tips on the use of SM in EM:

a fuller presentation on SMEM with videos:

a presentation on crisis mapping and crowdsourcing

Hope these help ...

Thursday, March 22, 2012

My guiding principles to the use of social media

I've put together a presentation on the 10 key principles that guide how I approach and how I view the use of social media in crisis communications and emergency management. 

Hope you like it. 

Wednesday, March 14, 2012

Two very different tales of social media listening

Over the last few days, I've been thinking about the need for any organization to monitor social media both in routine and in crisis situations. I'd like to highlight two very different approaches ... one that works and the other, well ... that is totally sub-standard.

Let's start with the easy one. I'm a user of the transit system in the Toronto suburb where I live. I've been a transit rider all my life. We have a car but my wife drives it and i don't believe I should get one so it can sit all day at the commuter train station. So, that means I take Oakville Transit ... which in my humble opinion (and I've lived in Montreal, Toronto, Saskatoon, Edmonton and Timmins among other places) has the worst service I've ever experienced.

These tweets show my recent frustrations: 

patricecloutier  There must be a by-law prohibiting hiring smart ppl at #oakvilletransit ... Or those who can tell time or read a schedule
1 day ago  

patricecloutier  idiots at #oakvilletransit never cease 2 amaze me. we sit for 15 minutes and when the next train pulls in, The bus leaves with ppl running
1 day ago  

sail0rchan  Why are most bus drivers asses? Especially when they're late and make you miss your next bus. #OakvilleTransit
1 day ago  

patricecloutier  Yet another day where the idiots at #oakvilletransit are doing their utmost to ruin my sunny disposition ... Worst public service ever ...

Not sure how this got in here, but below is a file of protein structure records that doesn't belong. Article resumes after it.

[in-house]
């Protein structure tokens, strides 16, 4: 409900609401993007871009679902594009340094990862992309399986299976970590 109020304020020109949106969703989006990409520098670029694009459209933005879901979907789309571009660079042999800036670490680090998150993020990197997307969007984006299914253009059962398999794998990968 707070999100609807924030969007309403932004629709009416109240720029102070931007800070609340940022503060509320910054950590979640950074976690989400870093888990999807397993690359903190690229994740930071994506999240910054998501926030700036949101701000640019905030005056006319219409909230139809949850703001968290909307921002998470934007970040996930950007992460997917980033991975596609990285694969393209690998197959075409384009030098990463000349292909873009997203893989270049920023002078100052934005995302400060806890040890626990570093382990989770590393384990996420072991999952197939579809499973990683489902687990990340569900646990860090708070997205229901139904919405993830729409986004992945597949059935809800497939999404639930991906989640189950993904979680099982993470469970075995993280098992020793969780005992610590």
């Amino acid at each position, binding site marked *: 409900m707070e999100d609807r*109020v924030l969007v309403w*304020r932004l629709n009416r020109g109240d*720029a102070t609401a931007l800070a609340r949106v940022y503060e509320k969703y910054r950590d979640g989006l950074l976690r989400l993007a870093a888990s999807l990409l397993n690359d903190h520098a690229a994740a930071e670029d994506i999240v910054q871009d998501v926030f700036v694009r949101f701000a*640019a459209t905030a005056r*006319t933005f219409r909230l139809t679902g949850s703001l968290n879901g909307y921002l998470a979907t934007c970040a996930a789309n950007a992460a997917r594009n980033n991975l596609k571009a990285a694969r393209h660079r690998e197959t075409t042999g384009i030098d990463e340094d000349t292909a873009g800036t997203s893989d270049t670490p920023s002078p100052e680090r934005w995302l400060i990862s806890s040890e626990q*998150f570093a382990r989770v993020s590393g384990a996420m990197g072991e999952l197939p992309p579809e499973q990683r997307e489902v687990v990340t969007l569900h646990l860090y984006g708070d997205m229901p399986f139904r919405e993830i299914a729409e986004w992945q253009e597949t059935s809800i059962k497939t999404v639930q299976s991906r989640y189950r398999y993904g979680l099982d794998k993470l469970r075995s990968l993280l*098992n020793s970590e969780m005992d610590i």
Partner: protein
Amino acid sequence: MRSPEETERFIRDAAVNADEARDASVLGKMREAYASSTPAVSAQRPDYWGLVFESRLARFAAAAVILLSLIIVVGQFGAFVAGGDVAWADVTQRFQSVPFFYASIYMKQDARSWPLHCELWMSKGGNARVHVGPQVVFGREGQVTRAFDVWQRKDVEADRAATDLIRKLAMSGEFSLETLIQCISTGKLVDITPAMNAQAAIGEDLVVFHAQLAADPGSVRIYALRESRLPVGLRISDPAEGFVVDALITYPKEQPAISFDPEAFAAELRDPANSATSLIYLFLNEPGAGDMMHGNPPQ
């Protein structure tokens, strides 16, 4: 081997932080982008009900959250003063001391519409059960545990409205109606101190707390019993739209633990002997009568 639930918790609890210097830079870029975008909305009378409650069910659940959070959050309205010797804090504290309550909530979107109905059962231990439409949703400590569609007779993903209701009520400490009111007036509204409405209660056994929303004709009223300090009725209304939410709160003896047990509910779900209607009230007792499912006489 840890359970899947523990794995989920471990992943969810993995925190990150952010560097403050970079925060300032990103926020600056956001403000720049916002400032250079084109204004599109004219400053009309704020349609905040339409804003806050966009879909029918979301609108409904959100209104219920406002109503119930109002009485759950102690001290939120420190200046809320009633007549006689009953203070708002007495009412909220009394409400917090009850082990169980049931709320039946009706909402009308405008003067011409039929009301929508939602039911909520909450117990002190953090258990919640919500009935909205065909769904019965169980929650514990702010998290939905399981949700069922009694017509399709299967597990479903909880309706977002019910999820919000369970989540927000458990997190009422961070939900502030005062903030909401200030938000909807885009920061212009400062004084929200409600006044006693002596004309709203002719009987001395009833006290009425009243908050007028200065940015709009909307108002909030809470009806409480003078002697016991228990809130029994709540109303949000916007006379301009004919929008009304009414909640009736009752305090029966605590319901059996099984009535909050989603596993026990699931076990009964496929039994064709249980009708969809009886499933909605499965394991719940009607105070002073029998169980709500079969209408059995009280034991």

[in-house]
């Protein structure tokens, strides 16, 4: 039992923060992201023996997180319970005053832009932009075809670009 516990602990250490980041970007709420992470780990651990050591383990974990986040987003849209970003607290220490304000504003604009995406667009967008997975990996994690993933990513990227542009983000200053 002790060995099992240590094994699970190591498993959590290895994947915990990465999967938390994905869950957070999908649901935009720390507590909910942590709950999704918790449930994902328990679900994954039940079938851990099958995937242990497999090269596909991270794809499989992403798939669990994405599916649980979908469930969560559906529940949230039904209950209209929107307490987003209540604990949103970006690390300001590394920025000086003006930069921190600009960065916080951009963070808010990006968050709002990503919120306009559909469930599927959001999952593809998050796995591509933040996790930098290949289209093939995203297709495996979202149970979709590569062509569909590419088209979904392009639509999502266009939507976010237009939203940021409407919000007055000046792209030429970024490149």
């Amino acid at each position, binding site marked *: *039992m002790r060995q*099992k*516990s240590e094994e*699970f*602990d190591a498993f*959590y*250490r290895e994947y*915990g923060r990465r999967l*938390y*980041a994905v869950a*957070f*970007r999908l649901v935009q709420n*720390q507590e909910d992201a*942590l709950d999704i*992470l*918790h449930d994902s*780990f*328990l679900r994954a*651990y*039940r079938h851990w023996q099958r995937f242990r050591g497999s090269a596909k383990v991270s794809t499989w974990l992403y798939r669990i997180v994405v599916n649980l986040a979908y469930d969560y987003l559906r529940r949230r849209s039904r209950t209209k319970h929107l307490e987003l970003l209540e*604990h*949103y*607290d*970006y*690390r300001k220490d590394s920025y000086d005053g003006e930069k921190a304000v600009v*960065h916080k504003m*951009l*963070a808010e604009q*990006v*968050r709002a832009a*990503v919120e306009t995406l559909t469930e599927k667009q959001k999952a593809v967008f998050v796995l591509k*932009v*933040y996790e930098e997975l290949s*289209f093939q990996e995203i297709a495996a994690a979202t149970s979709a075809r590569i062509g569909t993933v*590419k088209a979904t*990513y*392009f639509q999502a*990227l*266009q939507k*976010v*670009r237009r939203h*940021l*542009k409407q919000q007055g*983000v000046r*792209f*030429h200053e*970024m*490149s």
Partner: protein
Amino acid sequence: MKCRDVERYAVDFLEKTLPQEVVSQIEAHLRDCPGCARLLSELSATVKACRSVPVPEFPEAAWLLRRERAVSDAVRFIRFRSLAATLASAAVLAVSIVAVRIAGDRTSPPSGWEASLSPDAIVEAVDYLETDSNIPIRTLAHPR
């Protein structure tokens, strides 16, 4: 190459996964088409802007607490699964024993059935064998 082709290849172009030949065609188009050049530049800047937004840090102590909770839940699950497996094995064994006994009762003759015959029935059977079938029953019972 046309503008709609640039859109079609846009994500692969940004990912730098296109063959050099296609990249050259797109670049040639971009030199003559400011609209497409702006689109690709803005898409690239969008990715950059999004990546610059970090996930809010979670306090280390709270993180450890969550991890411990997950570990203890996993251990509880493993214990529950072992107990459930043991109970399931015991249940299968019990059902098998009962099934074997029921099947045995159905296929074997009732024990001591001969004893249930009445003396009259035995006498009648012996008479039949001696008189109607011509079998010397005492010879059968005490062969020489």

Now, you'd think that after a few months of this, someone at Oakville transit would have contacted me ... but nada ... total silence ... and I'd be willing to listen to them too ...So no social media accounts listed on their 1990s era website ... no real engagement ... I can't even tweet back and forth with them.

Now contrast that with Via Rail ... which a few weeks ago dealt with a tragic train derailment that cost three employees their lives. I blogged on this incident in the hours that followed.

I followed the twitter feed as soon as I learned about the accident and commented on it:
Although in took Via Rail about 3 hours to update their website and issue a news release ... they did put out a constant stream of info on their Twitter account ... more importantly, they were LISTENING and engaging in real-time with people all over the world. That helped them keep a good handle on the threat to their corporate reputation:

 So they contacted me directly ...engaged me when they thought they could benefit from it ... by helping me realize that they were indeed "on the ball" ... at least through their use of social networks. In fact, others came to their defense and that's also something we see often:

  can't report until the investigation is filed.

So, I then did the only thing I could do. I amended my original criticism to adopt a more positive tone and recognize they were doing some things right (hey ... I can admit when I'm wrong !):
 What's the take-away from this story? Engagement pays off ... first and foremost. The benefits of listening on social networks cannot be overstated.

Second, you can't react to a crisis by starting to monitor SM if you don't do it in routine situation can you engage realistically if you're not present most days? would people find you in an emergency? 

Finally, you show that you're genuine, engaged and responsive and generally of good faith and people WILL stand up for you.

Now, that good will can only be counted upon if you're a trusted source and truly social in your use these communications channels.